Human Rights constitute the third element of the rule of law in the Freedom Barometer. To measure this variable, the following questions apply: Do relevant laws exist? Is anyone persecuted because of his/her race, colour, gender, language, religion, national or social origin, political or other opinion, property, birth or other statuses? Are basic human rights observed by the state apparatus? Does forced labour exist? Is the death penalty practised? The main source for this indicator is Maplecroftâ€™s Human Rights Risk Atlas.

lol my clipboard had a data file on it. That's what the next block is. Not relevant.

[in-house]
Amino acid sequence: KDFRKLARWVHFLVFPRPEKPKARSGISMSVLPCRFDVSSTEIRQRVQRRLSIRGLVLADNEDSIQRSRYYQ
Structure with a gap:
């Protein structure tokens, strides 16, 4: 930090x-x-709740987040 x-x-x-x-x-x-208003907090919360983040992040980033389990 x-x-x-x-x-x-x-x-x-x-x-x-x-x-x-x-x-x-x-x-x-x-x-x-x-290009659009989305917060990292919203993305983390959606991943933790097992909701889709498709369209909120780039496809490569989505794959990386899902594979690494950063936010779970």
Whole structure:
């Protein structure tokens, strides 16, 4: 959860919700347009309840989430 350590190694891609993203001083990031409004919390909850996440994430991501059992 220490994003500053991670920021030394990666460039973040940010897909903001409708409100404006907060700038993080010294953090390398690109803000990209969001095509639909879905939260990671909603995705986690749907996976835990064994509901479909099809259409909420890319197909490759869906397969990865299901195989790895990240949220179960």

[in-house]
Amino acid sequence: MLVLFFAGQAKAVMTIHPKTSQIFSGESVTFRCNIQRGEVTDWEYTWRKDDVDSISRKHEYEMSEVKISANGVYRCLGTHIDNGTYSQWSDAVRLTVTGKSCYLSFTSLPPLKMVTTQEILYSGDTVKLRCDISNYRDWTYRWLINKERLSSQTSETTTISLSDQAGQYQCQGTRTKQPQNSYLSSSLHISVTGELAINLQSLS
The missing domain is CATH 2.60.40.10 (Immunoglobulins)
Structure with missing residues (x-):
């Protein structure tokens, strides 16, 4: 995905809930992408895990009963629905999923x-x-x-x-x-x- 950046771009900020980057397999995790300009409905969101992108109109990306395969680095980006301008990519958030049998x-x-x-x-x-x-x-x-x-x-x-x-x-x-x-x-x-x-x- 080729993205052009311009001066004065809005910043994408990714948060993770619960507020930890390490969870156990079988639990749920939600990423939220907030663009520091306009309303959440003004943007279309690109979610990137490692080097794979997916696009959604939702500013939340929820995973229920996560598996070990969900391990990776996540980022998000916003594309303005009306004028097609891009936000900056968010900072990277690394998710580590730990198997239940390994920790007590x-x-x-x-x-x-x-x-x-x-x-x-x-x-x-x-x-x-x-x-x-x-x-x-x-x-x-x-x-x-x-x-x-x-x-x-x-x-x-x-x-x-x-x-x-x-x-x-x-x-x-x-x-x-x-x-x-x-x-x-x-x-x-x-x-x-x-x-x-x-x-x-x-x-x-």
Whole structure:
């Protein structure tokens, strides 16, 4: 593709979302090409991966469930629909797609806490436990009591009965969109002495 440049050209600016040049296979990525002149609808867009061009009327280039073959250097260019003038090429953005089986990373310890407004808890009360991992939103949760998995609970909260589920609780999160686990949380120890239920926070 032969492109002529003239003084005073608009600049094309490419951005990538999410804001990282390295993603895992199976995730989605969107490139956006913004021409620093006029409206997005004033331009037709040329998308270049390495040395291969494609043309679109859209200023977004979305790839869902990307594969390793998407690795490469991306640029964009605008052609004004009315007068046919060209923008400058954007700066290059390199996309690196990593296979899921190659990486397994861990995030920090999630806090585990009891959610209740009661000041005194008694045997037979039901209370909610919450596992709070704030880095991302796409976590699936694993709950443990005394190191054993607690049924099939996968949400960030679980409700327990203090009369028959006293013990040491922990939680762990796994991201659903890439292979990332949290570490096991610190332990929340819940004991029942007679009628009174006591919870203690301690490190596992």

ECONOMIC FREEDOM Economic freedom is an important supporting pillar of democracy, as pointed out above. Its variables are taken directly from the Economic Freedom of the World Report without being altered in any way, except that one indicator has been left out. In other words, we use the following four variables in our Freedom Barometer: Security of Property Rights, Size of Government, Regulation of Credit, Labour and Business and Freedom to Trade Internationally. Security of Property Rights is one of the key principles of economic freedom. This macro-indicator consists of several variables, such as judicial independence, impartial courts, protection of property rights, legal enforcement of contracts and regulatory restrictions of sale of real property. Admittedly, there is a certain overlap with the Independence of the Judiciary indicator. However, we think the overlap is minor, resulting from the composite nature of the security of property rights indicator, whose main focus is on property rights. The indicator Size of Government consists of expenditures, taxes and enterprises. This includes the level of general government consumption, the degree of transfers and subsidies of the state, the involvement of the government in enterprises and other investments and the top marginal tax rate. Regulation of Credit, Labour and Business constitutes the third indicator of economic freedom. Credit market regulations influence the degree of ownership of banks, the level of foreign bank competition and the extent of private sector credit. Labour market regulations comprise the existence of a minimum wage, hiring and firing regulations, centralised collective bargaining, mandated cost of hiring, mandated expenditure of work dismissal and conscription. Furthermore, business regulations consist of price controls, administrative requirements, bureaucracy costs, expenses incurred when starting a business, the extent of corruption, licensing restrictions and cost of tax compliance. The indicator Freedom to Trade Internationally includes areas of taxes in international trade, regulatory trade barriers, the size of the expected trade sector, black-market exchange rates and international capital market controls.